Pollock, Alex J., President and CEO, Federal Home Loan Bank of Chicago 80

Rinehart, Charles R., Chairman and CEO, Home Savings of America 56

Smith, Charles W., Chairman, President and CEO, Granite Bank 58

Stanton, Thomas H., Fellow, Center for the Study of American Government,

Johns Hopkins University 41

Watson, Winthrop, Vice President, J.P. Morgan 43

APPENDIX

Prepared statements:

Baker, Hon. Richard H 240

Kanjorski, Hon. Paul E 242

Crawford, Barry D 276

Darr, John K 347

DelliBovi, Alfred A. (with attachment) 295

Irwin, Joe R 283

Pollock, Alex J. (with attachment) 320

Rinehart, Charles R 286

Smith, Charles W 290

Stanton, Thomas H 244

Watson, Winthrop 269

Additional Material Submitted for the Record

Darr, John K.:

Testimony questions and answers in answer to the subcommittee's letter

dated ^ptember 12, 1995 354

Exhibit I— 12CFR-CH DC - Part 941 - Operations of the Office of

Finance 361

Exhibit II — "Decision Memorandum of the Finance Board Acting Without

a Quorum" 369

EXHIBIT HI— Federal Home Loan Banks Master Underwriting

Agreement 372

Federal Home Loan Bank System Offering Notices 390

Federal Home Loan Bank of New York, Mr. DelliBovi's written response

to question submitted by Hon. Paul E. Kanjorski 313

Federal Home Loan Bank of New York, Mr. DelliBovi's written response

to question submitted by Hon. Spencer T. Bachus, III 314

Pollock, Alex J., supplemental testimony addressing the issue of MBS invest-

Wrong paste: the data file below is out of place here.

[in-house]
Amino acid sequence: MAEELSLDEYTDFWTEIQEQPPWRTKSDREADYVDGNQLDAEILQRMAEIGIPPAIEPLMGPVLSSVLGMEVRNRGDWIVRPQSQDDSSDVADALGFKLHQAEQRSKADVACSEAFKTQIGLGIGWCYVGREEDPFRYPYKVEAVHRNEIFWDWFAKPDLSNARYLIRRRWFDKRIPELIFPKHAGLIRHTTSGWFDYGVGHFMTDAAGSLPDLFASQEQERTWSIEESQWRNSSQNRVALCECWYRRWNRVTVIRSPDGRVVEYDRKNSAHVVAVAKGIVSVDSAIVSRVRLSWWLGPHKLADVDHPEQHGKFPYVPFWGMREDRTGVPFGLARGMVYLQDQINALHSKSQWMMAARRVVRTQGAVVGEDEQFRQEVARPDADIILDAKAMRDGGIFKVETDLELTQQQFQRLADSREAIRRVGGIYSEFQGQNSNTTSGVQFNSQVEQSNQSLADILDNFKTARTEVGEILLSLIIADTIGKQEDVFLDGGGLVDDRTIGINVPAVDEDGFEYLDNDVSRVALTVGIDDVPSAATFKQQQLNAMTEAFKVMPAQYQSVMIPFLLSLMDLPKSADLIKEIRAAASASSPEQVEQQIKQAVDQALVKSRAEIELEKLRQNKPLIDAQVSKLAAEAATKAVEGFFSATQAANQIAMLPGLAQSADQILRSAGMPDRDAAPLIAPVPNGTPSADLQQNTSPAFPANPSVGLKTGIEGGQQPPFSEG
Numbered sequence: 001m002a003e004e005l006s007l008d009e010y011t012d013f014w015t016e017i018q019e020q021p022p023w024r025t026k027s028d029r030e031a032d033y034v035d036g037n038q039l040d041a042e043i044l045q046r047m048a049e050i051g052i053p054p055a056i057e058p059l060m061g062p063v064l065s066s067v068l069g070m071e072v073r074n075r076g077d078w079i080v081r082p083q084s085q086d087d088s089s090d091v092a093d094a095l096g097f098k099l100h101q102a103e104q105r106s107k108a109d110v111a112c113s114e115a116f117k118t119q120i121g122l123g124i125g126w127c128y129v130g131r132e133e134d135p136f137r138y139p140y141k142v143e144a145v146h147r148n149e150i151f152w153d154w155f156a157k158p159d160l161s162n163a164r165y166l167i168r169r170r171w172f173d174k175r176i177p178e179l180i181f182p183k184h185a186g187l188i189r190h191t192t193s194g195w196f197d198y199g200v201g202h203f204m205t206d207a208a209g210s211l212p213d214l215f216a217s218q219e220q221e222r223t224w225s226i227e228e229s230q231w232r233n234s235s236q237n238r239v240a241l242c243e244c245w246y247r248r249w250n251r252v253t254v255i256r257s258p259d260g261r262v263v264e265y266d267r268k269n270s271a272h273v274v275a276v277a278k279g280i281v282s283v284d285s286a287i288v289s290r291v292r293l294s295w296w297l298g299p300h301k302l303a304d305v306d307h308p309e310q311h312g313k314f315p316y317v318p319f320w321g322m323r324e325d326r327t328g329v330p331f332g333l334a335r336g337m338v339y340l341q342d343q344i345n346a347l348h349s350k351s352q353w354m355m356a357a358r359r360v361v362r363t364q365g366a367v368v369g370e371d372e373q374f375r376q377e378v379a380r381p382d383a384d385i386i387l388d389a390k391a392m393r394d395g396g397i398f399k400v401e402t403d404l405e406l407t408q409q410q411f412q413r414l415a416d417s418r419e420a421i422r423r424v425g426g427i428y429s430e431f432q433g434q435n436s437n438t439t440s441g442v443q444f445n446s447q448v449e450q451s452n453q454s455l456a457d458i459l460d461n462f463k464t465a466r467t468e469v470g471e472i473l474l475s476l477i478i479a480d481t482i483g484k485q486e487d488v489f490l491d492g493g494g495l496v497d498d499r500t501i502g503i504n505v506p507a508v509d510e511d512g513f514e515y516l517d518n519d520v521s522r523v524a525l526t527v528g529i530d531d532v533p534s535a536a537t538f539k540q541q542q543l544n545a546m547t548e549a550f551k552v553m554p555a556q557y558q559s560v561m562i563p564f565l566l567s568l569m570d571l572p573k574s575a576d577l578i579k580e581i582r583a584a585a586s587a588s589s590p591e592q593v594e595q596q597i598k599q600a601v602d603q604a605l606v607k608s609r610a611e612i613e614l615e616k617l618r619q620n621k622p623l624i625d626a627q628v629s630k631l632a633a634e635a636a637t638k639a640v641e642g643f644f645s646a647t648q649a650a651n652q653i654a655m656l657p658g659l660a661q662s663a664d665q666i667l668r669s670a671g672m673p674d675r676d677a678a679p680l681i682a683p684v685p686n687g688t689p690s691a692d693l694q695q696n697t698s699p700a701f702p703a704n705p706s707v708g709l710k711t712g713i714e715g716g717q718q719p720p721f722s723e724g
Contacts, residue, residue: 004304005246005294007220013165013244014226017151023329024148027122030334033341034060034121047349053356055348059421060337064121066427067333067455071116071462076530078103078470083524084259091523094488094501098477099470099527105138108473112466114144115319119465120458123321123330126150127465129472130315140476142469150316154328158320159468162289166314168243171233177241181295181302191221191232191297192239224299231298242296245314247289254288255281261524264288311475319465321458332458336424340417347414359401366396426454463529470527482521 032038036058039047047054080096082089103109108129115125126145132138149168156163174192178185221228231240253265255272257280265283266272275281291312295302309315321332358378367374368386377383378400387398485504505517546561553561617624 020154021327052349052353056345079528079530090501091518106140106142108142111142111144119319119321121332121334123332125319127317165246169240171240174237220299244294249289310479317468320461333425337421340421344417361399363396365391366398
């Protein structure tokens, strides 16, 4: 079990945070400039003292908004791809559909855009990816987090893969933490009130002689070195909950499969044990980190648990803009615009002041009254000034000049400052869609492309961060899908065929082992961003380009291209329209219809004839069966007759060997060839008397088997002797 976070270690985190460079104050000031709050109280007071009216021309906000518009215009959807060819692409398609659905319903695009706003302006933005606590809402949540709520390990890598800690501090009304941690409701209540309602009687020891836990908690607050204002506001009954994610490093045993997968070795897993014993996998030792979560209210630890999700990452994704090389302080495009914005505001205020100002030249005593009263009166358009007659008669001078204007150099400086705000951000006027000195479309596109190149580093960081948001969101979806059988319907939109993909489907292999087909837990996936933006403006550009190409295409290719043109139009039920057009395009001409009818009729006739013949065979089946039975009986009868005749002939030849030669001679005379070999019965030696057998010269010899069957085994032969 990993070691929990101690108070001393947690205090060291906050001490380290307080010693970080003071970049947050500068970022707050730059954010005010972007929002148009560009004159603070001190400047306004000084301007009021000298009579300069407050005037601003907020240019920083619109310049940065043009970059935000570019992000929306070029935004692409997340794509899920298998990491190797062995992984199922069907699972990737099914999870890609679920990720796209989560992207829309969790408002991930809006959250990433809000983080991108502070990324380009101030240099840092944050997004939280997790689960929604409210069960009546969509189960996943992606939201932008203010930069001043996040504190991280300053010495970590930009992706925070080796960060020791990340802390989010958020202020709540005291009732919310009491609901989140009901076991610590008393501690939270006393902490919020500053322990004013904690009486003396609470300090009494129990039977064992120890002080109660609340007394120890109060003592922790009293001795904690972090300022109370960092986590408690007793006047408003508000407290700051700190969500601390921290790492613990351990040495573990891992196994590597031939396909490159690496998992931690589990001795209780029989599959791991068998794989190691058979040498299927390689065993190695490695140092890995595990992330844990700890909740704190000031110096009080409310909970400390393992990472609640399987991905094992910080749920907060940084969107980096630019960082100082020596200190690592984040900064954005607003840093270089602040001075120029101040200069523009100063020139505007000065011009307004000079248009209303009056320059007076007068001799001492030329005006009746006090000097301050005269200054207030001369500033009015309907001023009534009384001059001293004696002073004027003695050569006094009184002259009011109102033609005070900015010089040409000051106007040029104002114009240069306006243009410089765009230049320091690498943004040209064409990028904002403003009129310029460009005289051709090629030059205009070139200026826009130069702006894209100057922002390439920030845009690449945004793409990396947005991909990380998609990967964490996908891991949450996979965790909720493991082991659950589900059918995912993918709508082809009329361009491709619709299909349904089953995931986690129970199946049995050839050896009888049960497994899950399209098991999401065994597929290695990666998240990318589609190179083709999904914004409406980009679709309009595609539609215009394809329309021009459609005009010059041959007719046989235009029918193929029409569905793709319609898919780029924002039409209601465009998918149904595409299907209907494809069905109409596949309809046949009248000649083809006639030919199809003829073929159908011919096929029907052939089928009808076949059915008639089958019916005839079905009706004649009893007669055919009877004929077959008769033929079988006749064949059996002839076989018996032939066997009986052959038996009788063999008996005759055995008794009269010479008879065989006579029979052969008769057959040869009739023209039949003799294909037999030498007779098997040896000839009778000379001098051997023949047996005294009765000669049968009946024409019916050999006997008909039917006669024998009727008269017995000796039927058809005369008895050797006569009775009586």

ments by home loan banks 343

Stanton, tliomas H.:

Letter dated October 12, 1990, from Mr. DelliBovi to Mr. David O. Max-
well, Chairman of the Board and CEO, Federal National Mortgage

Association 254

Letter dated August 29, 1990, from Mr. David 0. Maxwell to Hon. Jack
Kemp (with enclosure) 257



OVERSIGHT HEARING ON THE FEDERAL
HOME LOAN BANK SYSTEM



WEDNESDAY, SEPTEMBER 27, 1995

House of Representatives,
Subcommittee on Capital Markets, Securities

and gtovernment-sponsored enterprises,
Committee on Banking and Financial Services,

Washington, DC.

The subcommittee met, pursuant to call, at 10:00 a.m., in room
2128, Raybum House Office Building, Hon. Richard Baker [chair-
man of the subcommittee] presiding.

Present: Chairman Baker, Representatives Hayworth, LoBiondo,
Bentsen, LaFalce, and Orton.

Also present: Representative Leach.

Chairman Baker. I would like to call this hearing of the Sub-
committee on Capital Markets to order, and first thank those who
are here this morning for what I believe will be an informative and
important hearing.

To outline the framework, direction, and purpose of these hear-
ings, I have requested and have received and wish to express my
appreciation to the district bank presidents' systemwide for infor-
mation concerning the history of investment and advance practices,
as well as operational information. And it certainly was helpful in
coming to a better understanding of what the Federal Home Loan
Bgmk System is all about.

I think it important at this hearing that we should establish
clearly and understandably the purpose and mission of the Federal
Home Loan Bank System. There has been much debate in public
forums and in many discussions among bank members themselves